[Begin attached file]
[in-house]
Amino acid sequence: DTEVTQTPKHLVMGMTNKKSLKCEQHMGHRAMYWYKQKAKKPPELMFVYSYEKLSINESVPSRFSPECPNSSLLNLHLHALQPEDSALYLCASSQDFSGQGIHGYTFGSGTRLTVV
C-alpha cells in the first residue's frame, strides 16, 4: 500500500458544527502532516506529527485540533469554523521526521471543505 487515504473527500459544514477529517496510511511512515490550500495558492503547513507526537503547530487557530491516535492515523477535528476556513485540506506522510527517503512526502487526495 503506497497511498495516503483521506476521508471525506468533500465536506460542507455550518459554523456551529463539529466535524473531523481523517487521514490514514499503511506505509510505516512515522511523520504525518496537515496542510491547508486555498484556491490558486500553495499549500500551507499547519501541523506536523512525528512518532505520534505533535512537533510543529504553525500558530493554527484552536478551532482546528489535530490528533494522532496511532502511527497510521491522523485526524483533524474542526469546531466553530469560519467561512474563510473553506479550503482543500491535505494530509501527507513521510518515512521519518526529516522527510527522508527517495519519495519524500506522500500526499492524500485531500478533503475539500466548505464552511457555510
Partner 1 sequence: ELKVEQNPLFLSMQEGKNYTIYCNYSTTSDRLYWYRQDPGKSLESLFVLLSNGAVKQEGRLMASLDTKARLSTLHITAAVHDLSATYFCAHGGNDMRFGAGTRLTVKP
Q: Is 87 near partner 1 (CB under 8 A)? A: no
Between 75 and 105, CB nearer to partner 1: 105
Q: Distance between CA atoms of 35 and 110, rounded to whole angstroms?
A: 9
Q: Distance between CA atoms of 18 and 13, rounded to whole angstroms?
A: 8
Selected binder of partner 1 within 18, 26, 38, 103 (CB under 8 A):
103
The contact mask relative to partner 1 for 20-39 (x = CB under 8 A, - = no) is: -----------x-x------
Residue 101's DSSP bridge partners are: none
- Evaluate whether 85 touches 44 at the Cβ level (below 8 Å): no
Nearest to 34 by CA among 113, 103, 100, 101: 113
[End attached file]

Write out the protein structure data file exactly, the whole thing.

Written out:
[in-house]
Amino acid sequence: DTEVTQTPKHLVMGMTNKKSLKCEQHMGHRAMYWYKQKAKKPPELMFVYSYEKLSINESVPSRFSPECPNSSLLNLHLHALQPEDSALYLCASSQDFSGQGIHGYTFGSGTRLTVV
C-alpha cells in the first residue's frame, strides 16, 4: 500500500458544527502532516506529527485540533469554523521526521471543505 487515504473527500459544514477529517496510511511512515490550500495558492503547513507526537503547530487557530491516535492515523477535528476556513485540506506522510527517503512526502487526495 503506497497511498495516503483521506476521508471525506468533500465536506460542507455550518459554523456551529463539529466535524473531523481523517487521514490514514499503511506505509510505516512515522511523520504525518496537515496542510491547508486555498484556491490558486500553495499549500500551507499547519501541523506536523512525528512518532505520534505533535512537533510543529504553525500558530493554527484552536478551532482546528489535530490528533494522532496511532502511527497510521491522523485526524483533524474542526469546531466553530469560519467561512474563510473553506479550503482543500491535505494530509501527507513521510518515512521519518526529516522527510527522508527517495519519495519524500506522500500526499492524500485531500478533503475539500466548505464552511457555510
Partner 1 sequence: ELKVEQNPLFLSMQEGKNYTIYCNYSTTSDRLYWYRQDPGKSLESLFVLLSNGAVKQEGRLMASLDTKARLSTLHITAAVHDLSATYFCAHGGNDMRFGAGTRLTVKP
Q: Is 87 near partner 1 (CB under 8 A)? A: no
Between 75 and 105, CB nearer to partner 1: 105
Q: Distance between CA atoms of 35 and 110, rounded to whole angstroms?
A: 9
Q: Distance between CA atoms of 18 and 13, rounded to whole angstroms?
A: 8
Selected binder of partner 1 within 18, 26, 38, 103 (CB under 8 A):
103
The contact mask relative to partner 1 for 20-39 (x = CB under 8 A, - = no) is: -----------x-x------
Residue 101's DSSP bridge partners are: none
- Evaluate whether 85 touches 44 at the Cβ level (below 8 Å): no
Nearest to 34 by CA among 113, 103, 100, 101: 113